A relatively common cancer susceptibility gene appears to be frequently acquired in metastatic lesions from colorectal cancer, and give cancer cells a growth advantage, according to a study in the October 5 issue of JAMA: The Journal of the American Medical Association.
Transforming growth factor beta (TGF-beta) is a potent naturally occurring inhibitor of cell growth, according to background information in the article. It exerts its action by binding to type I (TGFBR1) and type II (TGFBR2) receptors located on the cell membrane. Increased cell growth due to decreased TGF-beta growth inhibition may contribute to cancer development. TGFBR16A is a common polymorphism (variation) of TGFBR1. Previous studies have shown that TGFBR16A is one of the first candidate tumor susceptibility alleles (DNA codings of the same gene) that is found in a large proportion of the general population (13.7 percent) and significantly increases cancer risk by approximately 24 percent. How TGFBR16A contributes to cancer development is largely unknown.
Boris Pasche, M.D., Ph.D., of Northwestern University Feinberg School of Medicine, Chicago, and colleagues conducted a study that included 531 patients with a diagnosis of head and neck cancer, colorectal cancer, or breast cancer recruited from 3 centers in the United States and from 1 center in Spain from June 1, 1994, through June 30, 2004. Multiple genetic testing of the cancer cells was conducted.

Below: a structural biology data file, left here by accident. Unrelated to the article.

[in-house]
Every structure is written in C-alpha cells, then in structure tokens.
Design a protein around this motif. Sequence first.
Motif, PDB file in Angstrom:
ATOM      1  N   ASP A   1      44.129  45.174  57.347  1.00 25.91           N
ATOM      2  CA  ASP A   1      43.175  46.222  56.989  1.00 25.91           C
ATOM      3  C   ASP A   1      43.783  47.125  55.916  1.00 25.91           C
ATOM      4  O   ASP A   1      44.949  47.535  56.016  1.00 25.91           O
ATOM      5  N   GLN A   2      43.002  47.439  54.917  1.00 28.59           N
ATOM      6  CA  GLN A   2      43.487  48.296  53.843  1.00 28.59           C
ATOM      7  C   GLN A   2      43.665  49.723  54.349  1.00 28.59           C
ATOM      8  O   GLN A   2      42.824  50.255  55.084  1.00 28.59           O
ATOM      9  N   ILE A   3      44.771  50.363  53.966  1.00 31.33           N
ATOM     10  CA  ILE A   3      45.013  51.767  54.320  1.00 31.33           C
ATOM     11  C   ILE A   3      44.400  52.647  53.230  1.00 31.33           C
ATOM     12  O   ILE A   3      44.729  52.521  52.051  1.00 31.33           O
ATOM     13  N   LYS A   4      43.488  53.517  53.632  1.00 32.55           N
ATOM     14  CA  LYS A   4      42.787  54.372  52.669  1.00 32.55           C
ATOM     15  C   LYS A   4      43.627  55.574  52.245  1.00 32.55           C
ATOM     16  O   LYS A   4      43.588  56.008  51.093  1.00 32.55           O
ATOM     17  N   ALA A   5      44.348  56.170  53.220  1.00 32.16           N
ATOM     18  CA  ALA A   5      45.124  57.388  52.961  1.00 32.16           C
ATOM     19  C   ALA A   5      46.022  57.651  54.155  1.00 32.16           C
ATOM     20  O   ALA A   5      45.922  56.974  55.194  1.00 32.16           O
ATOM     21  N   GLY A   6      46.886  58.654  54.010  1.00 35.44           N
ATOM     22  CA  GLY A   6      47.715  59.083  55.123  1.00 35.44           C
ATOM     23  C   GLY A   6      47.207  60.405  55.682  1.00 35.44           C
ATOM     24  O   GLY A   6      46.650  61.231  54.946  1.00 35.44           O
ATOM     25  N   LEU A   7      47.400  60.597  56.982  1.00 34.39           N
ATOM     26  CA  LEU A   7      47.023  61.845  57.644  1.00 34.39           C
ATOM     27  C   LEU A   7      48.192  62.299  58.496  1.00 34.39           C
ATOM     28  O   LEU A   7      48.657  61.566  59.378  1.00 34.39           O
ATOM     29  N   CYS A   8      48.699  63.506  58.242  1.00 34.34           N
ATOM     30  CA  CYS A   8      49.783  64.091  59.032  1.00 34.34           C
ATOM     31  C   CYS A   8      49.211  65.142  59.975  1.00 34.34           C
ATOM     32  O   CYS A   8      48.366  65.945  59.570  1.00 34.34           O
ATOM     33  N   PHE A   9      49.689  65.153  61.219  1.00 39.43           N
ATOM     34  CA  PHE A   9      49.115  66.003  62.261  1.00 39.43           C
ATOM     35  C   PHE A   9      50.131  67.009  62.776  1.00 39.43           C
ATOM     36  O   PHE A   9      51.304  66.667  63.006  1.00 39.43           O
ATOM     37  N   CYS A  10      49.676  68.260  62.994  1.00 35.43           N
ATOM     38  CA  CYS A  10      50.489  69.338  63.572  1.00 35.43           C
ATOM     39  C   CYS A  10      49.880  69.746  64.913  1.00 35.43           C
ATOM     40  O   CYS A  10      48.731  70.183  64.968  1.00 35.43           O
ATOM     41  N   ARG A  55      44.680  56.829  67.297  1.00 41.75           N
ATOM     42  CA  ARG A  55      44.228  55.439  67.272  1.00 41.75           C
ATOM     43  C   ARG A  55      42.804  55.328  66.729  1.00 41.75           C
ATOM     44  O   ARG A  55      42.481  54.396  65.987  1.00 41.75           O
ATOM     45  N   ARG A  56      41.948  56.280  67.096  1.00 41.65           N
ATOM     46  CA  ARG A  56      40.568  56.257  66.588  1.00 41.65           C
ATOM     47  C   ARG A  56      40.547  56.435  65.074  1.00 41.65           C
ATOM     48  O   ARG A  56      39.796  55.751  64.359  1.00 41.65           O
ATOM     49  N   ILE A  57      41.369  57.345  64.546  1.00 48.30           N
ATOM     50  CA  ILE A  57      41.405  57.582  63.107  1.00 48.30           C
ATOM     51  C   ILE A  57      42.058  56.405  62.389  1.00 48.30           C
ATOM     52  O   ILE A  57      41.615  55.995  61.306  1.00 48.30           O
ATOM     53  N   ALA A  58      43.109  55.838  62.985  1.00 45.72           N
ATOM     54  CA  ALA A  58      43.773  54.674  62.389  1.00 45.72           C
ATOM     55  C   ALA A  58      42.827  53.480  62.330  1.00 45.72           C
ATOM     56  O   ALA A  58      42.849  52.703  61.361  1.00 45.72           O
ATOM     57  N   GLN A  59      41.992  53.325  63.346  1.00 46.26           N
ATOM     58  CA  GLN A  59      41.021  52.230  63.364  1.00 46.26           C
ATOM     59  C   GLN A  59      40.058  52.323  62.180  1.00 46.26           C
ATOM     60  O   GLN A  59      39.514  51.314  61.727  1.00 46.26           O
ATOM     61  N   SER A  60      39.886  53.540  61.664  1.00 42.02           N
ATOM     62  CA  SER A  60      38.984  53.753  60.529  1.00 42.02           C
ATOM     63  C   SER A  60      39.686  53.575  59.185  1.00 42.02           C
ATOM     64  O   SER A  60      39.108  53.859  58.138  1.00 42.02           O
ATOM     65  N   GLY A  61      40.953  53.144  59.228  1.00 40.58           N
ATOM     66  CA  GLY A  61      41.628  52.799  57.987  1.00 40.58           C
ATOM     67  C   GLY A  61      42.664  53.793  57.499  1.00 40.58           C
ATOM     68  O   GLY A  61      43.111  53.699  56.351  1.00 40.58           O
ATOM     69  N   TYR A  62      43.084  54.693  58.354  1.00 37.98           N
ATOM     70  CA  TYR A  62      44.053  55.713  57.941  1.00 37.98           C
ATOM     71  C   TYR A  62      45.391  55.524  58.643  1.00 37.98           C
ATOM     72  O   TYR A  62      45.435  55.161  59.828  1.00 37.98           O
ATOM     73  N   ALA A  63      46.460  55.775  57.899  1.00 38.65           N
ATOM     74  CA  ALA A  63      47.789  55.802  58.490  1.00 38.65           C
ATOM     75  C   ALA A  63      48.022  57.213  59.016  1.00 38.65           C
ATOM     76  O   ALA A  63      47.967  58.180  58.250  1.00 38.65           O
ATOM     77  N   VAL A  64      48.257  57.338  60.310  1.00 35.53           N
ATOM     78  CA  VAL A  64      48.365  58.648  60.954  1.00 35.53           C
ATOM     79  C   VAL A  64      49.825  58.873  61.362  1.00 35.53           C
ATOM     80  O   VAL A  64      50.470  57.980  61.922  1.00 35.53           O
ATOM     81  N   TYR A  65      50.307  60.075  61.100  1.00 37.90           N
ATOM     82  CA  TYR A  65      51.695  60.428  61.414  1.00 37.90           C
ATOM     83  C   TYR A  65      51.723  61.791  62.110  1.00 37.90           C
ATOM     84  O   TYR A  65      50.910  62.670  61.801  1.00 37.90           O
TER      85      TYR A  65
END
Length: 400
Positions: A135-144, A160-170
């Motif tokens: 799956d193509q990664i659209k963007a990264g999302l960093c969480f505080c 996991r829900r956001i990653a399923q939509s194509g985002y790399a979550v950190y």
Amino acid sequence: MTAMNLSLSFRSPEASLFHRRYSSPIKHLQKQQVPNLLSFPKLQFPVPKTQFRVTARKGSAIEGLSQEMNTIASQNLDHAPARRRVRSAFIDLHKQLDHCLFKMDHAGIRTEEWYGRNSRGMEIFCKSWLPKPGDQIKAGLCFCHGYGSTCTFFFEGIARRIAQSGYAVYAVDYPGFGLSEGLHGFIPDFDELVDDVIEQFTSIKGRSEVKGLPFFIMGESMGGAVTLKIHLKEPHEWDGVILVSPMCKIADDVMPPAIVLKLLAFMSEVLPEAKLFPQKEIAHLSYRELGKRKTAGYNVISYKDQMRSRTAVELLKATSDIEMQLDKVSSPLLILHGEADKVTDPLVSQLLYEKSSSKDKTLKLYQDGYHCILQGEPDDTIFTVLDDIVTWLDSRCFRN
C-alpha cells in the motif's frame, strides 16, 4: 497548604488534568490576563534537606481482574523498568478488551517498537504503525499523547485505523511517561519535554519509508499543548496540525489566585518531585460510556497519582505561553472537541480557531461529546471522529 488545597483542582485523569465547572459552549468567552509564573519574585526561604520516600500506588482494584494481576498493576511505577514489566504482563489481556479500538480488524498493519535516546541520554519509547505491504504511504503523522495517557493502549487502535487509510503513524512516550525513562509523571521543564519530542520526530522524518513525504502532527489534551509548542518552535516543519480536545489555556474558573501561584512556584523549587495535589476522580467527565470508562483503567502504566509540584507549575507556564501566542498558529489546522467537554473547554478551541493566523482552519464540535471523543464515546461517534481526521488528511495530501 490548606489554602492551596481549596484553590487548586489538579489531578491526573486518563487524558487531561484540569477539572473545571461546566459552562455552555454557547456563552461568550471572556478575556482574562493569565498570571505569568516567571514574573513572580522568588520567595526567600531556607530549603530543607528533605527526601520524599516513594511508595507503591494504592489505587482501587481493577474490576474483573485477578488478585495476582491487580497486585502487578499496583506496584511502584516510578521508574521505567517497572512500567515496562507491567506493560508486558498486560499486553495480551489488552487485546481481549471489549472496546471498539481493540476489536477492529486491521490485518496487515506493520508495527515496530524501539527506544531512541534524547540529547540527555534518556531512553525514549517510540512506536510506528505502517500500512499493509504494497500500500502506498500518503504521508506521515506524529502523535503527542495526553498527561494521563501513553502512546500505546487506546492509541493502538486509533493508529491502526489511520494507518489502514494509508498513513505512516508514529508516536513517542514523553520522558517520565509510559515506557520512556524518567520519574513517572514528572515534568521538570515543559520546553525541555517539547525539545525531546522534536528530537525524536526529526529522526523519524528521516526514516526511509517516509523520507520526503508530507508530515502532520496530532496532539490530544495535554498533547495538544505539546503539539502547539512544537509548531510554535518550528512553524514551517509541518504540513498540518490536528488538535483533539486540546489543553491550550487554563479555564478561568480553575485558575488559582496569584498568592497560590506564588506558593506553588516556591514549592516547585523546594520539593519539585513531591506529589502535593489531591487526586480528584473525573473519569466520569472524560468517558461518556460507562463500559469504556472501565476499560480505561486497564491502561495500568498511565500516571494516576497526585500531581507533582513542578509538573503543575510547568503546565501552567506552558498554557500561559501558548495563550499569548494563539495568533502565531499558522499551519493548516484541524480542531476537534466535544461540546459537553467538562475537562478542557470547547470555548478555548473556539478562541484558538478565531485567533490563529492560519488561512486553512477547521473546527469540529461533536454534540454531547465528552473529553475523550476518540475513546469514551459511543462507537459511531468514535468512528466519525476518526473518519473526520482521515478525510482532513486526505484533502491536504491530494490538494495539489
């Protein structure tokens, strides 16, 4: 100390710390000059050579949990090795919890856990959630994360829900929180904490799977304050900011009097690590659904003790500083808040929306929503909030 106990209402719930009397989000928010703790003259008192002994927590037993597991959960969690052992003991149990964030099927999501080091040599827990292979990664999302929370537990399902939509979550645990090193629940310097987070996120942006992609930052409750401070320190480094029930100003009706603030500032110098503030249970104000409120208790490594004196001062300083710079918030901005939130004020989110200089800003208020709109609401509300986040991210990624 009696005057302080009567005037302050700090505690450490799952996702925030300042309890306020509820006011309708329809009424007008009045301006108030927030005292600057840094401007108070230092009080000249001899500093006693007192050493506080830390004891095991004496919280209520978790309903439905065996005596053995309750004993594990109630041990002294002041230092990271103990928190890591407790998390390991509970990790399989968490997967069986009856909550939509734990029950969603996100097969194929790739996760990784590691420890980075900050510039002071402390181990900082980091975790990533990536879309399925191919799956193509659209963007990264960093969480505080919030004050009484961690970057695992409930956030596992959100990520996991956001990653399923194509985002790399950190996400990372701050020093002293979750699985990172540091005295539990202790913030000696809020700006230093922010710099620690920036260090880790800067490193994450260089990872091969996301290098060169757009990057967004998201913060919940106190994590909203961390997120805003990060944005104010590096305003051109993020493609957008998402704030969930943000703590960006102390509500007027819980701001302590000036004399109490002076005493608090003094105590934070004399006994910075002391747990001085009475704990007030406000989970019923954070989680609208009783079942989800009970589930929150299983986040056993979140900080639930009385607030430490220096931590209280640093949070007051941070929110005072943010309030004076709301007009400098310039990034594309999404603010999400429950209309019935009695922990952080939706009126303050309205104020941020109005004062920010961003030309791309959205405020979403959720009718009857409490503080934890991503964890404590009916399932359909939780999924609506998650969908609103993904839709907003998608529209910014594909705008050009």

The researchers found that TGFBR1 mutated into TGFBR16A, i.e. was somatically acquired, in 13 of 44 (29.5 percent) colorectal cancer metastases, in 4 of 157 (2.5 percent) of colorectal tumors, in 4 of 226 (1.8 percent) head and neck primary tumors, and in none of the 104 patients with breast cancer.
While TGF-beta inhibits the growth of normal cells, cancer cells secrete larger amounts of TGF-beta than their normal counterparts. The researchers showed that, in the presence of TGF-beta, the growth of cancer cells that carry the TGFBR16A gene is 55 percent greater than cancer cells that do not carry this gene, indicating that TGFBR16A give cancer cells a selective advantage. This, together with the findings that TGFBR16A is acquired by tumors, may explain why half of all liver metastases from colorectal cancer carried the TGFBR16A gene while it is only found in 14 percent of the general population.
"… individuals who carry the 6A allele, either in the germline or somatically acquired by the tumor, may have a greater likelihood of developing metastases than individuals who do not carry this allele. 6A may therefore serve as a useful biomarker in cancer." The authors add that TGFBR16A may bestow cancer cells with a growth advantage in the presence of TGF-beta.
"Since 13.7 percent of the general population and 17.1 percent of patients with a diagnosis of cancer carry at least 1 copy of the 6A allele, our findings may have substantial public health importance. The high frequency of 6A carriers in the general population and the moderately increased risk of breast, colon, and ovarian cancer that it confers implies that the dominant effects of 6A have an incomplete penetrance. Additional studies are needed to determine which environmental and genetic factors may modify the penetrance of 6A in these tumor types," the researchers write.
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